• high-volume sites are often hosted using nginx, instead of Apache (does that turn LAMP into LNMP?)
  • there is the scalingwp.wordpress.com web site
  • object-caching can be performed with memcached and APC
  • there is some debate about fastcgi mode WP
  • among the core WP developers, Mark Jaquith has online info about scaling WP, even on a budget.
  • another core WP developer of note to research scaling WP is Pete Mall
  • there are consulting agents out there that can provide scaling skills, who have been there and done that
  • HTTPS configuration in WP is not necessarily a slam-dunk.  You may have to resort to hacking plugins, as the whole framework is not necessarily united on how to provide HTTPS links
  • lots of talk about HyperDB for database scaling

I also enjoyed a session by John Overall on 10+1 essential plugins for WordPress.  That is where I learned about the LoginRadius plugin for social identity integration – a neat Canadian SaaS startup!  John posted the slide show on the Meetup site I think….

Ben put up a blog post with his notes from the session here.

getting wpa2 wifi going on Acer Netbook with Linux

I’d like to issue thanks to everyone in the world who has posted anything online that relates to getting an Acer Aspire One Netbook, running any Linux distro, connected to an enterprise WPA2 wireless segment.  Turns out your mileage may vary, depending on if you want to get it working “out of the box”.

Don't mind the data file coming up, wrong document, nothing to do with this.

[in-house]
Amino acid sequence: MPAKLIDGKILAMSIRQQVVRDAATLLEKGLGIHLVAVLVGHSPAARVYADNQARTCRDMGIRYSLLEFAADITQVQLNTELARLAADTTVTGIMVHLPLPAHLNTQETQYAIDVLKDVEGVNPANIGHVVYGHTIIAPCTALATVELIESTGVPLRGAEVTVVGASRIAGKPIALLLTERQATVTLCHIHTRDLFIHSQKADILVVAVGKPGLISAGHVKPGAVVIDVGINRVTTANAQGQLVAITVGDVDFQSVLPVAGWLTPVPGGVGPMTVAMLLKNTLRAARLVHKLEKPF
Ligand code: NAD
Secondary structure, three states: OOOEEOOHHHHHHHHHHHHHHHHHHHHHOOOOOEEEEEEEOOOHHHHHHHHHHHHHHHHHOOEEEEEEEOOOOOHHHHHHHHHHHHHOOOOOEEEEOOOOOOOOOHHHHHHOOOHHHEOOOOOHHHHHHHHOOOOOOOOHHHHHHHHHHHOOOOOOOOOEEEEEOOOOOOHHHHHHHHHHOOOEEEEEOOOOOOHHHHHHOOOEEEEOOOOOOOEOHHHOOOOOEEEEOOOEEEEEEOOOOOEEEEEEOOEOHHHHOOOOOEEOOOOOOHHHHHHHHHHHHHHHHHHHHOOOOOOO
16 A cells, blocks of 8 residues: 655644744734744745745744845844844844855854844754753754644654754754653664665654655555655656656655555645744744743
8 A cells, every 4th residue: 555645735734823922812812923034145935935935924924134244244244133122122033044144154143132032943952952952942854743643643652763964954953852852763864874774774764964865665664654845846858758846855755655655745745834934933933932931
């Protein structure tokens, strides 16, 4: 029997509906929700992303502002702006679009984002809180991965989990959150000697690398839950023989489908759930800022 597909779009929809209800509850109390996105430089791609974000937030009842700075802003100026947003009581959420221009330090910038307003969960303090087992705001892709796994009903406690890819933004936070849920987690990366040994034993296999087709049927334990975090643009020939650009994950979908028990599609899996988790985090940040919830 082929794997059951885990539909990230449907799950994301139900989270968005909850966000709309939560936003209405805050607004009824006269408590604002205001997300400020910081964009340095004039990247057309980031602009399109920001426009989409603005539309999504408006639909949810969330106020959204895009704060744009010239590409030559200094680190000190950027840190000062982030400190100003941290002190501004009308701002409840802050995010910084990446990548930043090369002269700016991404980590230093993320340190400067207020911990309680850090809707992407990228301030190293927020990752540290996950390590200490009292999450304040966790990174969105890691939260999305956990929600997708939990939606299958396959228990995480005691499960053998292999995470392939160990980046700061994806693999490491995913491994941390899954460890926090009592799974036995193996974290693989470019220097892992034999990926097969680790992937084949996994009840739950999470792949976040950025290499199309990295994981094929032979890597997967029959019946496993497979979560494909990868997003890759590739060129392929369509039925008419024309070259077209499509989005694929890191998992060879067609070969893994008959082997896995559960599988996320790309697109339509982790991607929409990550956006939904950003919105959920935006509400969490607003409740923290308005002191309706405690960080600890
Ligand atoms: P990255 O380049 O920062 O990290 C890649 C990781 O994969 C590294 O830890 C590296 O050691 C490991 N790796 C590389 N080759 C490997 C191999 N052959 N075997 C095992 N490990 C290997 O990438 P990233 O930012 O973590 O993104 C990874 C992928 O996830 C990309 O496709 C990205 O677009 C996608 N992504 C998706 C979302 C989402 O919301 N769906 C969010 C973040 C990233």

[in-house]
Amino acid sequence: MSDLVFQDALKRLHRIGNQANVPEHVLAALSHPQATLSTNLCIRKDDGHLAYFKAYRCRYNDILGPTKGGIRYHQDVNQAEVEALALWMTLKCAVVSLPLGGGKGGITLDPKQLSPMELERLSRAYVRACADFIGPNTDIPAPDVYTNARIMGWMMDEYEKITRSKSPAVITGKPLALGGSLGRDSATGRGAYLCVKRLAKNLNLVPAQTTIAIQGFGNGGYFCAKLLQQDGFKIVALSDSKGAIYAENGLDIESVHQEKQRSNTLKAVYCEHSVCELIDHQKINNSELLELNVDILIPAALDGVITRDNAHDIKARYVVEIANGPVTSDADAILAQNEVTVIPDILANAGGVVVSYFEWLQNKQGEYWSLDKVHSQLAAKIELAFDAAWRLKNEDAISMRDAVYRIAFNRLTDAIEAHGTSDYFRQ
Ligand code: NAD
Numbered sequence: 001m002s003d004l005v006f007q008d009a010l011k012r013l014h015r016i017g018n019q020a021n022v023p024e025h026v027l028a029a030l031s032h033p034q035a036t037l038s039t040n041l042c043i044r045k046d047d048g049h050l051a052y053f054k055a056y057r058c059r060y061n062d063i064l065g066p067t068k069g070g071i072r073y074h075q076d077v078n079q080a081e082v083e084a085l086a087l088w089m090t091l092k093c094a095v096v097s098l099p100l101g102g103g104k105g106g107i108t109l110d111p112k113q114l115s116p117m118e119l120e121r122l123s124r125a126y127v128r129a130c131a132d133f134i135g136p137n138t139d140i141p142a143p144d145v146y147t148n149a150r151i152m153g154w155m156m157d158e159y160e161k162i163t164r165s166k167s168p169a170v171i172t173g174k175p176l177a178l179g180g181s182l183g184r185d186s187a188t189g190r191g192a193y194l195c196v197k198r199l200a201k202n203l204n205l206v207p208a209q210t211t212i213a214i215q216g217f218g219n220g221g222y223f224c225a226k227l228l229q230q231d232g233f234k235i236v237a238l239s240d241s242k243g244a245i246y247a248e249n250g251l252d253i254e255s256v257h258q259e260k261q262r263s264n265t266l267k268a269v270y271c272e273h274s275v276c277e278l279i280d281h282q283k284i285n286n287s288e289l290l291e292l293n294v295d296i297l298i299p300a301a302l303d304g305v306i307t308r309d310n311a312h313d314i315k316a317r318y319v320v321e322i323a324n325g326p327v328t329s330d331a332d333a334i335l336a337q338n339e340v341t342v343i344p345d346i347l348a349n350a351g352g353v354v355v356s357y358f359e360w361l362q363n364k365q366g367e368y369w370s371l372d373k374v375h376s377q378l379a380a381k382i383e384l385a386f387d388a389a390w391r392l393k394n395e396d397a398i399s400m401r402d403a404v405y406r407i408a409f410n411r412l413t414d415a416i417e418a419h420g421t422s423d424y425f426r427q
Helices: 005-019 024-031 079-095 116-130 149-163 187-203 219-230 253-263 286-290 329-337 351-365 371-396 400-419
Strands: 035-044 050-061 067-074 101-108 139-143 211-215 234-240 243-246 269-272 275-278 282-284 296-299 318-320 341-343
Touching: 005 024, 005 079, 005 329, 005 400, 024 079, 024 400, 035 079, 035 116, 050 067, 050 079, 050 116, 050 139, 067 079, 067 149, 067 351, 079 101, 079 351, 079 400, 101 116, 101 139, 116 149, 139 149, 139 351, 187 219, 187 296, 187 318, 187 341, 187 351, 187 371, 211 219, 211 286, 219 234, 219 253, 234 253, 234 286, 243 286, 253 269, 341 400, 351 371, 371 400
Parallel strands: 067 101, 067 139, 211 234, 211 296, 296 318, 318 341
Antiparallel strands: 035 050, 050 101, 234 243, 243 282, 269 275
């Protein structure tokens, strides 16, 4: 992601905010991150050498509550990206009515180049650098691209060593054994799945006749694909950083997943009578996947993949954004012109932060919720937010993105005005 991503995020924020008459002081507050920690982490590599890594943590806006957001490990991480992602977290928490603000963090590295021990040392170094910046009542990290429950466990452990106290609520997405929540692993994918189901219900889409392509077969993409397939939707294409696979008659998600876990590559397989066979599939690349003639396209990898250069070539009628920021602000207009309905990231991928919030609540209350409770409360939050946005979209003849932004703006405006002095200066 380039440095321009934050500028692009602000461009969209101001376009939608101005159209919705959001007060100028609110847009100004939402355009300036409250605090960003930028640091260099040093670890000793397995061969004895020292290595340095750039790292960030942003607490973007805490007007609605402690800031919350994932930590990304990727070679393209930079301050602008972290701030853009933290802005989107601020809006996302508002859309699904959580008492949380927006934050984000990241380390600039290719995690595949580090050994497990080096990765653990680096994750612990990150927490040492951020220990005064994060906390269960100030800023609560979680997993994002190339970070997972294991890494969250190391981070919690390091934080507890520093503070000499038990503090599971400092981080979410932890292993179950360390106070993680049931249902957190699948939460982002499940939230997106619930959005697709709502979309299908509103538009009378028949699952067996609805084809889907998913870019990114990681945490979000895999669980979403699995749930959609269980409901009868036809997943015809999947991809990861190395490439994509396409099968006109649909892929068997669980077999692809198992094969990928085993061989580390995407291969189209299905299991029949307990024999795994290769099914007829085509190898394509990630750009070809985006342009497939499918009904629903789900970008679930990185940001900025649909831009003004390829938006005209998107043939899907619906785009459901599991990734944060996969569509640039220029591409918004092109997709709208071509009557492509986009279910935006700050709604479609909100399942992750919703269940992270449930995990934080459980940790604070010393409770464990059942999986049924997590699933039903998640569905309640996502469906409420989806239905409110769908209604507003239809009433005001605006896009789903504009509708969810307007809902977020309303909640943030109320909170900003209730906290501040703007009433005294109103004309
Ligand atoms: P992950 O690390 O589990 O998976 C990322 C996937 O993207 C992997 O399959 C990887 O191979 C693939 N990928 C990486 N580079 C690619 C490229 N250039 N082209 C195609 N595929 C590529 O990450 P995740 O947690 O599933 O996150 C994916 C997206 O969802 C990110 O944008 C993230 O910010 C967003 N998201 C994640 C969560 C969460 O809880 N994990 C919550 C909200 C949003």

With the goal to have it “just work”, I went through 3 distros in 3 days, finally landing on Ubuntu 11, where things just worked.  Ok, I had to select the correct CA cert, but got that sorted out fairly quickly (used /etc/ssl/certs/Thawte_Premium_Server_CA.pem)

I gave it a go with the latest crunchbang linux distro, and that failed on connecting to the SSID segments I was trying here at UVic, both EDUROAM, and UVIC.  I got connected to UVicOPEN segment, with a Cisco VPN tunnel, so that was a work-around.

On trying Ubuntu 12, I ran into some known issues with the level of openssl packages that are installed with the distro, so backed out to Ubuntu 11, and that worked for me.

I really dig the EDUROAM connectivity, so just want that to work with a minimum of futzing.  Yes, I still truly enjoy Linux futzing, and all the learning involved, but find myself with less time for such things than when I was running Slackware in the 90s.

Anyhoo, it’s all good for now…thanks all!

2 step OAuth app registration process

Decided to upgrade to Echofon Pro Twitter app for iPhone. Why not, only $4.99 and is one of the most-used apps on my device. To authorize the app to access your Twitter timeline, you:

  • authenticate to Twitter with your account
  • retrieve a one-time PIN code that you then load into Echofon

Nice and easy. Went back through my authorized applications list in Twitter, and pruned out those apps that I am not using anymore, a good thing to do if you want to maintain a privilege of least access approach.